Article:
A muscular imbalance cause a shift of weight but it also causes a misalignment the kinetic chain. Weak glutes and tight hip flexors lead to an internal rotation of the femur, causes a valgus position of the knee, tibial internal rotation, and ultimately excessive pronation which may loads the plantar fascia.

So include gluteus assessment in your plantar fascia patient . It’s not always plantar fasciitis is due to hip problem , but 70% cases it affect. Proper clinical reasoning give you better idea.


Stay tune with more updates…..

pic coutsey: Wikipedia.org


Proactivephysiotherapy, hamstring, assesment, lower limb

Hamstring strain due to Glute max late firing : Part 2


Read part 1 if you have missed…….

What can be the different diagnosis?

1 )Sciatic nerve entrapment
2)Gluteus trigger point
3) Trochetric bursitis
4) Piriformis syndrome

Here we have explained about trochentric bursitis between gluteal nerve affection relationships:

When a patient preset a complaint of pain while lying on one side , the therapist should suspect trochanteric bursitis. However , if the pain frequency is altered in the absence of hip movement, one should suspect superior gluteal nerve problems in SI joint dysfunction.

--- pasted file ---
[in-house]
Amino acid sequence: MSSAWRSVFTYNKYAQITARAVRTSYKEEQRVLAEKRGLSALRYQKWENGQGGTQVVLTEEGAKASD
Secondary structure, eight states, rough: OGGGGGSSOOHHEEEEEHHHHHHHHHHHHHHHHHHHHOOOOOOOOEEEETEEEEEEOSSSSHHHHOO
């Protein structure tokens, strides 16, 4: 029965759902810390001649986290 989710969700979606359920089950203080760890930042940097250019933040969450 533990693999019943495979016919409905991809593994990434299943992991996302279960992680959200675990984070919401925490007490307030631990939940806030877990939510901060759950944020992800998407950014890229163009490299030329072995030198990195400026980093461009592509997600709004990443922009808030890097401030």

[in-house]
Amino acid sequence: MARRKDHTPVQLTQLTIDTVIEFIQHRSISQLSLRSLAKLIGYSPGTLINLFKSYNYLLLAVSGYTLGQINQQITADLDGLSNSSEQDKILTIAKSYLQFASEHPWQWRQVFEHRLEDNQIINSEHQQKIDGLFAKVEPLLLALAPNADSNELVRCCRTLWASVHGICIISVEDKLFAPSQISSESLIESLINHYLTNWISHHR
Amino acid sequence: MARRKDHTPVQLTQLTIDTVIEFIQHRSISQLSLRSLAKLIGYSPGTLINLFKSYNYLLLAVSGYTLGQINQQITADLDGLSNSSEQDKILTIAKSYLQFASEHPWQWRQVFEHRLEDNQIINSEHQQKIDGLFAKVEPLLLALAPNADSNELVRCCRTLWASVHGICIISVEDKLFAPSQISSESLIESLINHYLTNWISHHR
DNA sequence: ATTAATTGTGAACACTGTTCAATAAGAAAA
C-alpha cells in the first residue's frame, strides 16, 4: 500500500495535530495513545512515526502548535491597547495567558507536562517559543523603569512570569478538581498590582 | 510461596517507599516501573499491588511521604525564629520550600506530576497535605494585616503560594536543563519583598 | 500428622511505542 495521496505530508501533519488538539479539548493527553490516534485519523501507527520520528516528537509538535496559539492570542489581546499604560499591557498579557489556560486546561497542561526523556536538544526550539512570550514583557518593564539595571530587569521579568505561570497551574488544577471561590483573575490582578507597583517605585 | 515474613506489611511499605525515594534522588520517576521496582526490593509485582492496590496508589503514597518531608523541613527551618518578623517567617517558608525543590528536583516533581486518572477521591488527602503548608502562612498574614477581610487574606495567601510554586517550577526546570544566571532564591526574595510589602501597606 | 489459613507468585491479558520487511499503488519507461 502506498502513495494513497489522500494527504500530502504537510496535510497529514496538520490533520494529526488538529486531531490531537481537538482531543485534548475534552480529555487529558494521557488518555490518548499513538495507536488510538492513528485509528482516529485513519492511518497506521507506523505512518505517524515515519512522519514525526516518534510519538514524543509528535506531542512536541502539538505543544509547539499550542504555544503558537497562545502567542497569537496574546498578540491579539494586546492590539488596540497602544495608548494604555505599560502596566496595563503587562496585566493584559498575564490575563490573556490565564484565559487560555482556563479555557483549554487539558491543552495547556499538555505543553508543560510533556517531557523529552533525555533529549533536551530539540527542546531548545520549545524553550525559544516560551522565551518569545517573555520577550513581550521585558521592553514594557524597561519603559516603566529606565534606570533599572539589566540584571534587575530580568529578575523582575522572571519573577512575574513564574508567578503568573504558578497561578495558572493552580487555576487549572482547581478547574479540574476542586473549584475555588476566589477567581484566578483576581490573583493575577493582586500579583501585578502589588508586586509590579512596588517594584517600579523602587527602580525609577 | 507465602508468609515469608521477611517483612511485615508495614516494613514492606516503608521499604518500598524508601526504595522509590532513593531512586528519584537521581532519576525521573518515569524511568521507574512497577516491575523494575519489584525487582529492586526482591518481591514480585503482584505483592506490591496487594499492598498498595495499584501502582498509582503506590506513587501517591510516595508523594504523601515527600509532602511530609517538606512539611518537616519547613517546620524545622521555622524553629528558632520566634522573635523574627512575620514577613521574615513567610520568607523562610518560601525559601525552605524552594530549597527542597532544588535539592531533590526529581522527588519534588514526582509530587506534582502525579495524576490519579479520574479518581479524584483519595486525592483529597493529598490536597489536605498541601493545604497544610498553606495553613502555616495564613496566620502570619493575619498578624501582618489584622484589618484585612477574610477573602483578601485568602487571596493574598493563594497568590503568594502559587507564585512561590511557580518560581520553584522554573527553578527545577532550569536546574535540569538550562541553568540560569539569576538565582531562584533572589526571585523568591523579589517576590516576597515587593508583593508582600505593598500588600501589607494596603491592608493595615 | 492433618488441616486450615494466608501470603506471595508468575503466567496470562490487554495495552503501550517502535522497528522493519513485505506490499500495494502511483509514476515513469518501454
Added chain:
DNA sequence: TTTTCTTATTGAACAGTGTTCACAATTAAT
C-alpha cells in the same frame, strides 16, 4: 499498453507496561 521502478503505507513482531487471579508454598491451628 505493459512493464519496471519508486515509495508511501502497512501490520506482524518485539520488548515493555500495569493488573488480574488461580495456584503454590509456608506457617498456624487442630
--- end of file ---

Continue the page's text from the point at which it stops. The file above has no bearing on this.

Inferior gluteal nerve pain is one of the most common incorrectly assessed in pain practices. When usually SI problems the inferior gluteal nerve refers pain into the gluteus maximus. The reason for this , gluteal nerve locates anterior side of sacrum . This irritation is commonly treated as piriformis syndrome. Beating on the piriformis, particularly the muscle belly, will cause even greater irritation of the inferior gluteal nerve.

Frequently, this type of arthrokinetic dysfunction is so intense that it excites alpha and gamma gain in surrounding muscles causing sympathetic spasm and involuntary tightness in all the hip extensors and abductors. The spasm deep into the SI and lumbar joint capsules . This is associate with hip and back muscles. Which become inflamed and are subjected to increased accumulations of waste products at the injured site.

Hence , The brain continues to cover the area with spasmodic tissue to protect sensitive nerve structures. This process only serves to further shorten the lumbopelvic connective tissues which often creating tissue micro-tearing and increased inflammation.

The brain attempts to prevent excessive movement by forming